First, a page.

Behind the La Grotta bar, Italy comes to an end. But a narrow road continues onward across the border into France, hugging a cliff above the sea. It is a bottleneck for illegal immigrants and traffickers.
Hidden behind agave bushes, three young men from Mali are crouching on the steep slope, staring at the border. Just a few meters away, a group of Syrian refugees are camped out in front of La Grotta, like pilgrims searching for a hostel: men carrying backpacks, women wearing headscarves and a little boy.
Ahmad, as he asked to be called, is the gray-bearded spokesman of the illegal immigrants. Formerly a software developer in Damascus, he left his wife and children behind. Ahmad pulls a crumpled piece of paper out of his jacket pocket, the official certification of his arrival in Italy -- as refugee number 13,962.
But this number is a reflection of statistics kept in merely one place -- the police headquarters in Crotone, located in southern Italy's Calabria region. All in all, more than 150,000 migrants and refugees have landed on Italy's shores nationwide since January and almost half of them -- more than 60,000 men, women and children -- were never registered in the European Union's Eurodac database. They have long since disappeared, heading north toward the rest of Europe.
There was an unwritten rule after the tragic shipwreck off the island of Lampedusa on Oct. 3, 2013, in which 366 people drowned: Rome sends naval ships and coast guard vessels into the Mediterranean as part of the "Mare Nostrum" rescue operation, but it lets most of the migrants continue northward without further ado, so that they will not apply for political asylum in Italy as the country of their arrival, as required under the Dublin II agreement.
But in late September, Italy changed course. In a confidential communiqué, which SPIEGEL has seen, Interior Minister Angelino Alfano ordered that henceforth migrants "always" be identified and fingerprinted. Alfano noted that various EU countries have, "with increasing insistence," complained that the immigrants are left to continue their "journey to northern European countries" without being challenged by Italian authorities.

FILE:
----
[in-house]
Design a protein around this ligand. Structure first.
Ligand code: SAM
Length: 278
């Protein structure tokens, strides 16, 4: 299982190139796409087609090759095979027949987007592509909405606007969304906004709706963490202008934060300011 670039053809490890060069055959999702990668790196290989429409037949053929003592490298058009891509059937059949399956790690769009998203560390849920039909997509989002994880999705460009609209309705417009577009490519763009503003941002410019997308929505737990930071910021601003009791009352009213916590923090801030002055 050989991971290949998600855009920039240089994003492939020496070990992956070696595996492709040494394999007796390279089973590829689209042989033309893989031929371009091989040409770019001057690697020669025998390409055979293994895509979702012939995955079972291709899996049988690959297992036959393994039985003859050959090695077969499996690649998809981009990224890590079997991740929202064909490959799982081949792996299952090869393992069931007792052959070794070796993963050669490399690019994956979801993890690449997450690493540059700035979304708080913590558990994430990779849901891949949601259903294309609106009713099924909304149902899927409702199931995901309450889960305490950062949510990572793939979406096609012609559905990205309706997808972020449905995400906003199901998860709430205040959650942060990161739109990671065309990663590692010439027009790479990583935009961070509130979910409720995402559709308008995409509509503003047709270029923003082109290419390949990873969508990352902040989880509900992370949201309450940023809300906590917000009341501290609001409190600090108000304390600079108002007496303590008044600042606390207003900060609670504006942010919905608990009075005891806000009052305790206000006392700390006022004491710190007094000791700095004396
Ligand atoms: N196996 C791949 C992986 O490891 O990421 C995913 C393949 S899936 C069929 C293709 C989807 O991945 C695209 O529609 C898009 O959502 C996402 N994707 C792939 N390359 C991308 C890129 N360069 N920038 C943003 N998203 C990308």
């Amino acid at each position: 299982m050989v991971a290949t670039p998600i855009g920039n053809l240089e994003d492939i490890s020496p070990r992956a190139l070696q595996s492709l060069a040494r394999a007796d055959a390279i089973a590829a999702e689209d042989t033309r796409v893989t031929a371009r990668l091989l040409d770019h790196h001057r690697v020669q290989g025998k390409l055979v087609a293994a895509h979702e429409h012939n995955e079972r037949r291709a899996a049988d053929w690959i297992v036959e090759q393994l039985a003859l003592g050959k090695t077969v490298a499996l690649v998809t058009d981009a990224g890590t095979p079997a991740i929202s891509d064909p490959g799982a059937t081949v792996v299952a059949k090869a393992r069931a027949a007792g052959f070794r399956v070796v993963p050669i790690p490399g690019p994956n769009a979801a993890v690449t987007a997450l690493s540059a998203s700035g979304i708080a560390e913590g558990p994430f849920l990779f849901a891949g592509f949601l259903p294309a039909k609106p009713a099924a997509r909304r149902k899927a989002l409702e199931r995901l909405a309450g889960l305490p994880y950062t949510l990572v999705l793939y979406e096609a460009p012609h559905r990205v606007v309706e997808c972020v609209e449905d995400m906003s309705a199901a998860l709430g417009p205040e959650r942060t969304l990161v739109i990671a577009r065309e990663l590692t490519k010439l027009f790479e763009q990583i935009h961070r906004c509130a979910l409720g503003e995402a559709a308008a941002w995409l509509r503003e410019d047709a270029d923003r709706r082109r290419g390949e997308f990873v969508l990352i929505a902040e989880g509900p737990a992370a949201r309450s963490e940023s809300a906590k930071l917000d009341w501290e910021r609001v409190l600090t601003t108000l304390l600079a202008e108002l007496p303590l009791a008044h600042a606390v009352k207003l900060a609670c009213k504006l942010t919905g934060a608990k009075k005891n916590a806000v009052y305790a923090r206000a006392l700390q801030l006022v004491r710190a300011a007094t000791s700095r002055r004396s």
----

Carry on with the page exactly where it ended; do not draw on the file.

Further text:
Struggling to Find a Strategy
Preferred destinations include Sweden, Germany and Switzerland, countries with social welfare and the possibility of political asylum. Italy, on the other hand, as confirmed once more by a Nov. 4 ruling by the European Court of Human Rights, cannot even guarantee suitable accommodations for asylum applicants. More than ever, the Dublin system is degenerating into a farce, with only about 6 percent of all asylum seekers in Germany actually being returned to the country where they first set foot in the EU.
Fortress Europe is currently struggling to come up with a new strategy to cope with the mass influx of migrants and refugees from Africa and the Middle East. Italy suspended its "Mare Nostrum" operation on Nov. 1, both to reduce costs and to spur a Europe-wide solution. Since then, ships have been patrolling off the Italian coast as part of the EU's "Triton" mission. But the mission is not tasked with rescuing refugees on the high seas.
In the face of the worst refugee influx in decades, wealthy countries have "miserably failed," concludes Amnesty International, noting that only half of the $3.74 billion (€3 billion) in funds requested by the United Nations has been made available. Instead, the EU has opted to seal itself off. The results of the latest Europe-wide police operation, "Mos Maiorum," will be released on Dec. 11. Its main purpose was to investigate the destinations, origins, background and paths of asylum seekers coming to Europe.
Meanwhile, the dream of a better life in the EU is a source of income for an entire industry of criminals: human traffickers. Very few Syrians, Eritreans or sub-Saharan Africans hazard the journey to Europe on their own, most opting to pay others for help. Extrapolations from current market prices indicate that traffickers have likely earned several hundred million euros in 2014 just from migrants who landed on the coasts of Italy. The higher the hurdles along the path northward, the bigger the traffickers' profits.